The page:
10. Preventing the attempt to evade tax is certainly withinthe incidental and ancillary power of taxation and if there is reason tosuspect that there is an attempt in that direction, a provision to guardagainst that attempt is certainly comprehended by the incidental or ancillarypowers. The provision that the goods transported should be accompanied by theprescribed documents is part of this provision to check evasion. If that isnot properly enforced by some penal step, prevention of evasion will not beeffective. Attempt to evade tax may take various forms. Goods for which onerate of tax is leviable may be transported but the documents accompanying themmay show a different item of goods for which the tax may be less or nil. Theactual quantity transported or its value may or may not be correctly shown inthe accompanying documents. It is not possible to exhaustively enumerate allpossible attempts to evade tax. The enquiry into this is a process and sometime is required to find out the exact state of affairs. If there are reasonsto suspect an attempt at evasion, the same is directed to be recorded inwriting and the person concerned is called upon to furnish security for thepenalty if imposed after enquiry. If the security is not called upon, thesubsequent imposition of penalty will not be effective. If the penalty is notrecoverable easily and if the sales tax authorities have to take steps in thenormal course and leisurely to recover it, the penalty provision will not beeffective. Seizure of goods is allowed only if security is not furnished. Nodoubt it is a temporary restriction in the movement of goods. But the propertyin the goods continues to be with the owner unlike in the case ofconfiscation. The danger of losing custody and control of the goods will actas discouragement and an effective check at evasion. Therefore, the provisionto furnish security and seizure of the goods in default are only in the natureof an effective provision to recover the penalty which, in turn, is a measureaimed at prevention of tax evasion and perfectly within the incidental orancillary powers of taxation.
11. We are supported, in this conclusion,by the decision of the Supreme Court reported in Commissioner of CommercialTaxes v. R.S. Jhaver  20 S.T.C. 453 at 464 (S.C.) where the courtobserved thus in paragraph 13:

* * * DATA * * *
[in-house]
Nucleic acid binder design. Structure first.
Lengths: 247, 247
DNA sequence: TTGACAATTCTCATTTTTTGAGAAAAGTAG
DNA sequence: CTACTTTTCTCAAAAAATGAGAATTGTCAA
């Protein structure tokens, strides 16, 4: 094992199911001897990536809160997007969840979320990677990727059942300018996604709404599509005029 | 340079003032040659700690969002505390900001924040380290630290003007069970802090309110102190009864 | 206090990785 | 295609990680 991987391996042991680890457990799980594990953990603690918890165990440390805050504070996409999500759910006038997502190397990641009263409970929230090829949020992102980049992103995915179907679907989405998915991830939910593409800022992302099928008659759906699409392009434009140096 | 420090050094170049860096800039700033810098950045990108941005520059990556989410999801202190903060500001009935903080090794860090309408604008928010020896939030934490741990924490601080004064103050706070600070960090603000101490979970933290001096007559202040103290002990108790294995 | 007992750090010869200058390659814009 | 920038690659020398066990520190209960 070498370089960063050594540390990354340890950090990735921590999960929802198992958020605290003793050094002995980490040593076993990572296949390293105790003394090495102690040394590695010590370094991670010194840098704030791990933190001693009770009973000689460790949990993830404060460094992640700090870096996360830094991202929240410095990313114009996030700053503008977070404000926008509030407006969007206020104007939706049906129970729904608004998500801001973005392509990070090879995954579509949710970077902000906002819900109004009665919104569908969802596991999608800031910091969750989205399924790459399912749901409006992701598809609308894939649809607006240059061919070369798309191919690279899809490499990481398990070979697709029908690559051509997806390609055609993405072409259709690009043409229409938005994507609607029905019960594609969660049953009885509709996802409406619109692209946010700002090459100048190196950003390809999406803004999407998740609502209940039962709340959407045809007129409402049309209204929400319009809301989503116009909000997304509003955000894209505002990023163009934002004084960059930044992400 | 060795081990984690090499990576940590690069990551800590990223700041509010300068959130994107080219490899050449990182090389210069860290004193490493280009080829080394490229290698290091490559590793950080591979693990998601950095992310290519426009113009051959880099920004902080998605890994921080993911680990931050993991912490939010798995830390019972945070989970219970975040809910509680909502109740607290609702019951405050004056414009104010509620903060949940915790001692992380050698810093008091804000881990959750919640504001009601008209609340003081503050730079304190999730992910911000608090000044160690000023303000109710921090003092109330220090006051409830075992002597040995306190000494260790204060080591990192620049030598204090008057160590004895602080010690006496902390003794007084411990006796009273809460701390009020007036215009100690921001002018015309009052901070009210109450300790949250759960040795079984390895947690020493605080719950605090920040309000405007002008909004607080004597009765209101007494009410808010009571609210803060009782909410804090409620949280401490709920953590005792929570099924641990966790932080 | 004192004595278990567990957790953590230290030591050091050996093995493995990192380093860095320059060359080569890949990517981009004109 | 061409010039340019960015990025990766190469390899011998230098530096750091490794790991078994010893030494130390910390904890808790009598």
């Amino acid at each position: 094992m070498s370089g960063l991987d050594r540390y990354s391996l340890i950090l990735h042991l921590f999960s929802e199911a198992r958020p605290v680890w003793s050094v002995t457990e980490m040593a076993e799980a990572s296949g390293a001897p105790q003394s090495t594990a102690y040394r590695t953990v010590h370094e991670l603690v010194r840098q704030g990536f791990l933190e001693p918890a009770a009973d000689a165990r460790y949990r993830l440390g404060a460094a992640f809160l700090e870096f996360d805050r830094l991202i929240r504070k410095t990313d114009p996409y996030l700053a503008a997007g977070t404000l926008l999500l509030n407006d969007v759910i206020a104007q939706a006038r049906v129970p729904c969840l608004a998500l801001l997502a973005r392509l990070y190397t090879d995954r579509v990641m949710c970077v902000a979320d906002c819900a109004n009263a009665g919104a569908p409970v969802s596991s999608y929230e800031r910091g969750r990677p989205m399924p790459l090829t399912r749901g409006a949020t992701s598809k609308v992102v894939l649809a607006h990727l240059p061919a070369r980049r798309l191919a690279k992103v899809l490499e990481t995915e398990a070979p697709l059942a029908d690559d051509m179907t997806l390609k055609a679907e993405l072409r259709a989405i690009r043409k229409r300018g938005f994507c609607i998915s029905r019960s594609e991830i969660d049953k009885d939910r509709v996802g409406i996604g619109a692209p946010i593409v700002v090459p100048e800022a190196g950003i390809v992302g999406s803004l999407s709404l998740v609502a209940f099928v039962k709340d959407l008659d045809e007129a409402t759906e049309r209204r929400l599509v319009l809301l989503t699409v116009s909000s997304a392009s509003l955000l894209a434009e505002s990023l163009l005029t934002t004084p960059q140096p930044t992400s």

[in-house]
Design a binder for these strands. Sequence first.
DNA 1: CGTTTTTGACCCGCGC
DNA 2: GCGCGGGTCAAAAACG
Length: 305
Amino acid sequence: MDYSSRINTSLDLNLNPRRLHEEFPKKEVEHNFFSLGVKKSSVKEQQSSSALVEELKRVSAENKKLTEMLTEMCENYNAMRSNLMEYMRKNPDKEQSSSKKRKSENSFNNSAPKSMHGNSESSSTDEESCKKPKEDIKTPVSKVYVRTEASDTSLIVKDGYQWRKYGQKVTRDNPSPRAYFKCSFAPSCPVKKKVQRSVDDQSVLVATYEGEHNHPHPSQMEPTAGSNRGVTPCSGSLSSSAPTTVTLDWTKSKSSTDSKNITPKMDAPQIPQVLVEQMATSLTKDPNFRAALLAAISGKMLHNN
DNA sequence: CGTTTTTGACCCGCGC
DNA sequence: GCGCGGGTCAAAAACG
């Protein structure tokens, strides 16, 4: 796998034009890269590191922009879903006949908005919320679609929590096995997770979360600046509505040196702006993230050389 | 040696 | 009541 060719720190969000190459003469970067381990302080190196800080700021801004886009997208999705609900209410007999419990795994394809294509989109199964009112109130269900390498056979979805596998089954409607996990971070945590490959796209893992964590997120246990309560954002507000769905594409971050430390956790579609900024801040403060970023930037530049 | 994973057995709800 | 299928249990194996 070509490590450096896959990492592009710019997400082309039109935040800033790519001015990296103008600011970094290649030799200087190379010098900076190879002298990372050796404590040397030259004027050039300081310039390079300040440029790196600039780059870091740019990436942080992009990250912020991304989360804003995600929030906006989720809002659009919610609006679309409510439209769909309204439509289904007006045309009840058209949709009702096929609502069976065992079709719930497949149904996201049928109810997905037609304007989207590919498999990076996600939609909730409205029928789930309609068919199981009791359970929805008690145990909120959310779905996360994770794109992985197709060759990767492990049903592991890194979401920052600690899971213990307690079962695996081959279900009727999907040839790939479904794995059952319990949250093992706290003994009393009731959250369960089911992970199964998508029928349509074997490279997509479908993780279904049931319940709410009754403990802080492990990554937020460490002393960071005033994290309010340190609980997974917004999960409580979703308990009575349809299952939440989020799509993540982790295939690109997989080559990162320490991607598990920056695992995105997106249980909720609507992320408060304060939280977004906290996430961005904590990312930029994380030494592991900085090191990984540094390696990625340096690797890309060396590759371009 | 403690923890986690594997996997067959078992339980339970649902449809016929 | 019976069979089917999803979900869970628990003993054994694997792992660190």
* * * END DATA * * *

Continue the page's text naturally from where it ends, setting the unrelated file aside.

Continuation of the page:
It is also not in doubt thatwhile making a law under any entry in the schedule it is competent to thelegislature to make all such incidental and ancillary provisions as may benecessary to effectuate the law; particularly it cannot be disputed that inthe case of a taxing statute it is open to the legislature to enact provisionswhich would check evasion of tax. It is under this power to check evasion thatprovision for search and seizure is made in many taxing statutes. It musttherefore be held that the legislature has power to provide for search andseizure in connection with taxation laws in order that evasion may bechecked.
No doubt this observation was made while consideringwhether the power to confiscate goods which are not entered in the accounts ismerely a provision of ancillary nature to check evasion of tax by making itunprofitable for dealers to secrete goods in which they are dealing. Thoughthe Supreme Court did not decide that question, the court definitely held thatthe legislature has power to provide for search and seizure in connection withtaxation laws in order that the evasion may be checked.
12. Thequestion whether, for violation of any provision of the Sales Tax Act, penaltyby way of forfeiture is permissible, arose for consideration in a recentdecision of the Supreme Court in R.S. Joshi v. Ajit Mills A.I.R. 1977 S.C.2279. In that case, the provision of the Bombay Sales Tax Act to forfeit thesums collected by the dealers by way of sales tax, though not exigible, to thepublic exchequer punitively, was held to be within the incidental or ancillarypowers under entry 54. In dealing with that question, the Supreme Court hastaken the view that the forfeiture, which is plainly punitive, is justifiableunder the incidental or ancil-lary powers of entry 54.
13. Therepugnancy of a case where tax is ordered to be recovered even before the salein addition to the penalty is also not here in Section 29A. Section 29A doesnot provide for recovery of tax at all but only provides for the imposition ofa penalty and stringent measures to recover the same in case an attempt atevasion is made out. Therefore, there is no invalidity on that score. Thus,we hold that Section 29A is only a provision to punish those dealers whoattempt to evade tax or violate any of the provisions of the Act, which areaimed at checking evasion. All these are part of the incidental or ancillarypowers to the power of taxation.
14. The further question is whetherthis provision violates Articles 301 and 19(1)(f) and (g) of theConstitution. The interception of the movement of goods from one place toanother is, to some extent, a restriction in the freedom of trade, commerceand intercourse coming within the scope of Article 301. Notwithstanding thatArticle 304(b) permits the imposition of a reasonable restriction on such afreedom of trade, commerce and intercourse with or within the State as may berequired in the public interest and the law imposing such a reasonablerestriction can only be with the previous sanction of the President. Thereis no dispute that the previous sanction of the President has been obtainedfor enacting Section 29A. So the only other matter to be considered is whetherthis is only a reasonable restriction in the public interest within themeaning of Article 304(b) of the Constitution, which is identical with asimilar provision in Article 19(1)(f) and (g) read with Clauses (5) and(6).